Sailcloth 101: a primer for cruisers

26 Oct

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Jamie is a sailmaker; he periodically shares his knowledge on the blog, and those posts are under the Sailmaker tag here. In this first post of a two-part series, he hopes to demystify some of the woo around sailcloth material. Anyone with questions about sails is invited to get in touch; Jamie enjoys sharing from his depth of experience as a sailmaker and a cruiser.

We gifted Totem’s old Dacron mainsail to a family on Ninigo atoll in Papua New Guinea. There, the fatigued sail that pushed and pulled us over thousands of sea miles found a new life as a tarp. Here in Madagascar local dhows use heavy cotton canvas for their sails, but like the Papuans, smaller sailing outriggers make do with tarp material. Often these are rice or flour sacks given a second (third, fourth) life, but otherwise it’s the just cheap plastic, cover the woodpile, hardware store tarp.

tarp sail

Fundamentally these tarps are the same as modern laminate sailcloth: a composite of strong synthetic fibers bound together within a layer of synthetic film. Their tarp sails are monumental leap over traditional hand woven pandanus fiber sails.

Closer to home, natural fiber sailcloth is woven only in old yarns and fading memories. Modern sailcloth is constructed from exotic materials with high tech processes are the way of sailcloth now. Sail-related advertising is often so technically oriented, one wonders if most sailors have chemical engineering degrees! Big yachts with big flashy sails make dazzling photos that prove carbon fibers and chemical wizardry have produced a superior sail.

Great, right – but just as astronauts must understand some of the magic that propels them into space, so to should cruising sailors understand the essence of sails that them over the ocean.

The perfect sailcloth is light as a feather, strong as steel, tough as linebacker and cheap as chips.  It doesn’t exist.

Before going geek on sailcloth, here’s a trivia question: the unit of measure for sailcloth is its weight in ounces, say for example, 8 ounce Dacron. What does 8 ounces refer to?

Fibers and Yarns

Fibers are the building blocks of sailcloth. Individual fibers have little strength or weight to speak of, but they’re flexible. Bundle fibers together to form a yarn, which is to a sail is as a steel girder is to a bridge. Fiber types commonly used in sailcloth are so chosen because of specific properties: strength (tenacity), stretch characteristics (modulus of elasticity), shrink rate, UV resistance, and flex fatigue properties.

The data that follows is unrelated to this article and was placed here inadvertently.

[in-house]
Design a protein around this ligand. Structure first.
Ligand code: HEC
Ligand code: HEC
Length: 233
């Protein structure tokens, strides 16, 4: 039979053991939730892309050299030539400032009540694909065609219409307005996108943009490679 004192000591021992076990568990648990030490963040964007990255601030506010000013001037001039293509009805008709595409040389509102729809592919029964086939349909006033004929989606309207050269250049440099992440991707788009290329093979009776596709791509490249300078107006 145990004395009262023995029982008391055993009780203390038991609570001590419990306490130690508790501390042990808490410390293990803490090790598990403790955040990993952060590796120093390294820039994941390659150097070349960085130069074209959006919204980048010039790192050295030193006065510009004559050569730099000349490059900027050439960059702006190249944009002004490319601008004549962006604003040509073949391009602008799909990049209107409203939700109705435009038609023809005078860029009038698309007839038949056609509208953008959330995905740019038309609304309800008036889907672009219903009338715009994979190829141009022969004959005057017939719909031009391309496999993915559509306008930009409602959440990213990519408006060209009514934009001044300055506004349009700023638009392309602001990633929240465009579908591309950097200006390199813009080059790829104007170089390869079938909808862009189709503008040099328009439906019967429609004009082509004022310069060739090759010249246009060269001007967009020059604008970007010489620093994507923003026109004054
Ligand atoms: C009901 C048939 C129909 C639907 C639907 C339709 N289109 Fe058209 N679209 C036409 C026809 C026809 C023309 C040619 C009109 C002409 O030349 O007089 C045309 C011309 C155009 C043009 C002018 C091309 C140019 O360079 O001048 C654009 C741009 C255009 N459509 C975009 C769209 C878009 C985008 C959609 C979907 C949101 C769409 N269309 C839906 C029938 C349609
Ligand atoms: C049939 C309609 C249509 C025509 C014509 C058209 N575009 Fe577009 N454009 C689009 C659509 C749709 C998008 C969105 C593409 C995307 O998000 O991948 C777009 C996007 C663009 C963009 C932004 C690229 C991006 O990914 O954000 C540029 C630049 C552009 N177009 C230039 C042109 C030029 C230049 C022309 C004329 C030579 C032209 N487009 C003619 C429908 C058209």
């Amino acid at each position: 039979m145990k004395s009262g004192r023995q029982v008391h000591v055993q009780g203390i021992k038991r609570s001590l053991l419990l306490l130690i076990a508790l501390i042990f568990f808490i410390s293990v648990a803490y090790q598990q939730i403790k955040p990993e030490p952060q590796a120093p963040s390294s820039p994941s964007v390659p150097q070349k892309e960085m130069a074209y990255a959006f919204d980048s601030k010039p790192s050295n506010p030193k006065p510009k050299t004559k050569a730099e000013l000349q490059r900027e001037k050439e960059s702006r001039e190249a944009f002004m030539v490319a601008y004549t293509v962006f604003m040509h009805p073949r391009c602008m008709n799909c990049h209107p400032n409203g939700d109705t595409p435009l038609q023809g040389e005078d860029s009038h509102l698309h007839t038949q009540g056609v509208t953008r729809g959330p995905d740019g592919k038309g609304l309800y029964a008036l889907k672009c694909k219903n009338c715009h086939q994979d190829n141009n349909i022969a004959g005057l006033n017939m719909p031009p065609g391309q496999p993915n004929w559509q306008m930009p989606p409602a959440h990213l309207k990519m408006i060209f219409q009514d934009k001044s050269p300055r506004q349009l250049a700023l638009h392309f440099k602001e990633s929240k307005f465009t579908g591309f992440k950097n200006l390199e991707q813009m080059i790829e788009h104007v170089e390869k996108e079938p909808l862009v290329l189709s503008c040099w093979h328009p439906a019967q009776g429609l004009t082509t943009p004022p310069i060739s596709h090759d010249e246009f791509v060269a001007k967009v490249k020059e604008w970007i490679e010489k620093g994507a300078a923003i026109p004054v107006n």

A challenge to making yarns is getting all of the fibers to an equal tension. When fiber tensions differ, meaning fibers differ in length, shorter one take more load than the longer one. This is one form of “crimp”, that is, compromising strength and stretch integrity due to construction. Another form of crimp is the over-under of yarns in woven sailcloth. As sailcloth is pulled, the over-under yarns pull straighter, causing a change to sail shape. Poor quality yarns and weaving processes make for stretchy sails.

Cloth Construction

Sailcloth is made by either weaving yarns or chemically bonding them with a film layer (and combinations of taffetas and scrims), so-called laminate sailcloth. Each method results in different inherent properties, regardless of fiber type (Dacron, Kevlar, etc.). To help understand this point, we must look to the dynamics of sailcloth in action.

Structurally, sails carry much load, based on sail area, wind strength and relative angle, sail shape and trim, and hull type. These forces mostly follow predictable paths between the corners. Head to clew (leach) has the highest load in a sail. Sail designers orient the strongest yarns in cloth to run parallel to the highest loads. As load angles shift away from parallel to yarns, such as when flogging or with poor sail trim, there are no yarn “girders” so cloth is considerably weaker and stretchier. This is called bias load causing bias stretch.

Applying this to sail geometry is in the next post – Sailcloth 102.

This post is syndicated on Sailfeed.

This article was syndicated from Sailing Totem

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